Empowering Communities

Living through the memoirs of Black history

February 13, 2023

Black History Month is an annual celebration in the United States that recognizes the history, culture, and contributions of Black Americans every February. This month is a reminder of the opportunities we have to reunite with the past, make way for a brighter future, and celebrate all the amazing figures who have taken their place in the memoirs of Black history.

The Roots of Black History Month

African American history grew out of “Negro History Week” that was established in 1926 by a Harvard-historian Carter Woodson, who is also known as the “Father of Black History.” During his career, Woodson believed that African American contributions were being ignored by writers in history books and teachers who used them.

When former president Gerald Ford officially recognized Black History Month in 1976, it guaranteed Woodson’s hard work and dedication would live on every February when schools and the nation reflect on Black history.

As we contemplate the powerful actions of those in our past to elevate Black history, it’s also important to recognize the people today who continue to do work to creating an equitable society — including those within the ComEd community.

Shantinel Laws, principal work plan coordinator at ComEd and president of the Exelon African American Resource Alliance (EAARA), believes that ComEd plays a vital role in promoting racial justice and equitable access and opportunity to all communities.

“We give back to the communities we serve through volunteering and educating our neighborhoods about programs such as Low-Income Home Energy Assistance Program (LIHEAP). We host a variety of community events so that our customers know that there is assistance available if they can’t afford to pay their bills,” stated Shantinel. EAARA is a dedicated team. For the past 32 years, EAARA has given scholarships to graduating high school students, but now they are broadening scholarships to individuals that are attending trade schools and adults that are re-entering society in addition to high school seniors. This year, they are looking to raise $52,000!  EAARA’s mission is to invite, develop, and retain diverse staff to promote Science, Technology, Engineering, and Math (STEM) initiatives, increase volunteerism, and increase community outreach to enhance community engagement.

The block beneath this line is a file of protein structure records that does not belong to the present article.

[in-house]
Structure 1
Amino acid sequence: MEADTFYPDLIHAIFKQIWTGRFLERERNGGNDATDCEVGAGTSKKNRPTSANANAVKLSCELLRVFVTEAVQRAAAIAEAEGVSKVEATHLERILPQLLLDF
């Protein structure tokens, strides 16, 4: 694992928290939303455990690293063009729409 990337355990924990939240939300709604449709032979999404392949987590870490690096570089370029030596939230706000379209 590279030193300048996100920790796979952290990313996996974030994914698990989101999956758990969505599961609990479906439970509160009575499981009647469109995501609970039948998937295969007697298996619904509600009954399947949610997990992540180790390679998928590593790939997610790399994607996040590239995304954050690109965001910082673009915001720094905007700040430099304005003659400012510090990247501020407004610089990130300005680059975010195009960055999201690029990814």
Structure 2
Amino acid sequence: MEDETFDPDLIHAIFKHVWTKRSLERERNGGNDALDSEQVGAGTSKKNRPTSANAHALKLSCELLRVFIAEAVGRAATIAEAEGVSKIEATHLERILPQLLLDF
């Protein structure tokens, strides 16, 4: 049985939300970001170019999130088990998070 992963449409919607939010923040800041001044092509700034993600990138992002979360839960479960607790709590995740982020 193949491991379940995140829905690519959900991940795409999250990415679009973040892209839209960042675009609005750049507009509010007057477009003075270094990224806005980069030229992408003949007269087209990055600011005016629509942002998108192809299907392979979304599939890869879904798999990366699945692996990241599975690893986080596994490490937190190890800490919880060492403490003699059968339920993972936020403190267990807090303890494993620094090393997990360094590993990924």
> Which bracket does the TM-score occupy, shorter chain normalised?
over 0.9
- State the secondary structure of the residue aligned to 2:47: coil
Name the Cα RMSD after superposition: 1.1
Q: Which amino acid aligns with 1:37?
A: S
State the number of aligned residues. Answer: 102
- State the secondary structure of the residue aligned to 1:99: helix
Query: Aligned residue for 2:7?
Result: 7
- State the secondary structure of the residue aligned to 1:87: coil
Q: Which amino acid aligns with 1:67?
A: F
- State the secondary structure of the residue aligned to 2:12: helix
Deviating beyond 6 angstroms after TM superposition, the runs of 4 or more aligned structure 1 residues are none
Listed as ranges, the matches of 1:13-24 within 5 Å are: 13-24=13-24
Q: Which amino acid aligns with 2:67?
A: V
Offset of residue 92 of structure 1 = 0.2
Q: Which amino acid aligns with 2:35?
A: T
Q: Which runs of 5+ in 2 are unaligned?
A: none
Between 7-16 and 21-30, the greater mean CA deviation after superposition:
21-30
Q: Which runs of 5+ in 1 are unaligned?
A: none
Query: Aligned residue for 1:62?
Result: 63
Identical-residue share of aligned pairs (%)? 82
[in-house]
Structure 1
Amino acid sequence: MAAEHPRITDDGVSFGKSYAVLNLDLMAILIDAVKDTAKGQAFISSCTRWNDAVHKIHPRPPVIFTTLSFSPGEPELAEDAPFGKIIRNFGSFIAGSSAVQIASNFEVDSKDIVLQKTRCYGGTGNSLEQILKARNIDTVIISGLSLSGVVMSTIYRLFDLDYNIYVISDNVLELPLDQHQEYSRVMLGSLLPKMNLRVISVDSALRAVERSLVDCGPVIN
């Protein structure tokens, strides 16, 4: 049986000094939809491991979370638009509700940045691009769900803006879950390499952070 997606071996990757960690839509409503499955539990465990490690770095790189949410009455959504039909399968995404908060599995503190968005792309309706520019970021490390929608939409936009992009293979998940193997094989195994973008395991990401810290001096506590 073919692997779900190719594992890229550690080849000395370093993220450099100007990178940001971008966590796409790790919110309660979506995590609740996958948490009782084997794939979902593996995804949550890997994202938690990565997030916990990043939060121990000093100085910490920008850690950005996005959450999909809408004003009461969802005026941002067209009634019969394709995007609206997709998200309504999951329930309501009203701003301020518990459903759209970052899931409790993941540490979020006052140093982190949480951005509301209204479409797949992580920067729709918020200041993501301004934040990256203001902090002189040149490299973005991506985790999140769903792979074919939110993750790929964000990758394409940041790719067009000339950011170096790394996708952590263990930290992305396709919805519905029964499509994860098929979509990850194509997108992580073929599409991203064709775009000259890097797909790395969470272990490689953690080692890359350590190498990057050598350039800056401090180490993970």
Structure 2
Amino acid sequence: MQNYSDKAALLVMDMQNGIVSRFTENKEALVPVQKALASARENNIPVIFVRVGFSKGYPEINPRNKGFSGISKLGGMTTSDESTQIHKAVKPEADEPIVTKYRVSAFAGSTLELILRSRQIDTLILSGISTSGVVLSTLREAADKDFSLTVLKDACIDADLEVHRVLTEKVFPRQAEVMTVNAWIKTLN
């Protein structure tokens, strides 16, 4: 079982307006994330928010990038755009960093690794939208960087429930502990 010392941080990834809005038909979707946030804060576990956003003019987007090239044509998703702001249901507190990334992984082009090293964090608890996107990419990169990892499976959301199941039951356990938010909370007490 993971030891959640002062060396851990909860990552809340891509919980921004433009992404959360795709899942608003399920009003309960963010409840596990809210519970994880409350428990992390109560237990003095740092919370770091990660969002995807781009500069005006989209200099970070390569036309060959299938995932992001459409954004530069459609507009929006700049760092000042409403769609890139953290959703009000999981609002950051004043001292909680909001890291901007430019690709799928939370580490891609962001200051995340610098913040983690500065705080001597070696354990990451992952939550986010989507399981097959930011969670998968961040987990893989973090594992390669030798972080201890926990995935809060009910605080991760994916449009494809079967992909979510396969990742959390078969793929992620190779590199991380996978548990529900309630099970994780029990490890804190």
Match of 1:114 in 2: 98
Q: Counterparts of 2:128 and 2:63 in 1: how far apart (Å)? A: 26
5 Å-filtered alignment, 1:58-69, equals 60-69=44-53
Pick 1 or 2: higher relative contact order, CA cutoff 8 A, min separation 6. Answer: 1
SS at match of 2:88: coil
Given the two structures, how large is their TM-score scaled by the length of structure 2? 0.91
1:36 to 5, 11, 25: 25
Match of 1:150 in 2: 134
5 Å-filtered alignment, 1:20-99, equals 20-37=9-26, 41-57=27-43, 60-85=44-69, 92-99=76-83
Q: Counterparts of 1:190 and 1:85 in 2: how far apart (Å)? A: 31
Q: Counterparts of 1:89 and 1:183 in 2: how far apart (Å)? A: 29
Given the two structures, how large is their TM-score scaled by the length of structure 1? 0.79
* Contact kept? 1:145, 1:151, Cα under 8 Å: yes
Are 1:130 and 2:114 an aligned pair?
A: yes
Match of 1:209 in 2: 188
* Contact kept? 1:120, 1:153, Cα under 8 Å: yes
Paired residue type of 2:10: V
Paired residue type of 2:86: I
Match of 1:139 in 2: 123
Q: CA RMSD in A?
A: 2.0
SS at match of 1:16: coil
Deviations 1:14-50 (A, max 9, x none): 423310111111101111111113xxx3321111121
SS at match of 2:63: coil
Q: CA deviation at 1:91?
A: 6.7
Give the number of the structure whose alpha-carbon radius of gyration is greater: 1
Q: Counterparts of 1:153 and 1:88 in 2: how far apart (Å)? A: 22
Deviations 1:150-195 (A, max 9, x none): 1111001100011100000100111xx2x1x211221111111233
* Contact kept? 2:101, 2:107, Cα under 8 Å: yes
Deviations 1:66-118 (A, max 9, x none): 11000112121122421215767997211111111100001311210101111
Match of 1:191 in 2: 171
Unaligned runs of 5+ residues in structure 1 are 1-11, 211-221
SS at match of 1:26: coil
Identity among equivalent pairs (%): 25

“We still have great strides to go as it relates to equity and society, because we see that certain things are still transpiring in the black communities. However, I think we’re making considerable progress towards equality for all.”


ComEd’s 2030 Vision

ComEd has made efforts that are centered on diversity, equity and inclusion (DEI) and continues to consider the needs of all customers served across northern Illinois as we work toward our ComEd 2030 vision. ComEd 2030 reflects a purpose about carbon-free energy future that benefits all our communities and set priorities for how ComEd will meet customers changing needs for the rest of the future.

“Our commitment is to make sure the benefits of the digital and decarbonized energy future flow equitably to communities with the greatest need. ComEd is one of the very few entities in the region that serves everyone. Because we are a company that operates in the public trust, we have a very special focus on community well-being, justice, and opportunity for all,” said ComEd CEO Gil Quiniones.

ComEd 2030 focuses on the more than 9 million people who call the company’s northern Illinois service territory home and supports the Climate and Equitable Jobs Act (CEJA), which was signed into law in 2021 and focuses on ensuring that under-resourced communities are prioritized in the region’s clean energy transition.

This month reminds us that embracing different voices and insights make our ideas better, ComEd stronger, and it allows us to better serve our customers and communities equitably.

Here at ComEd we encourage you to join our 6,200 employees in taking action to embrace diversity in all its forms.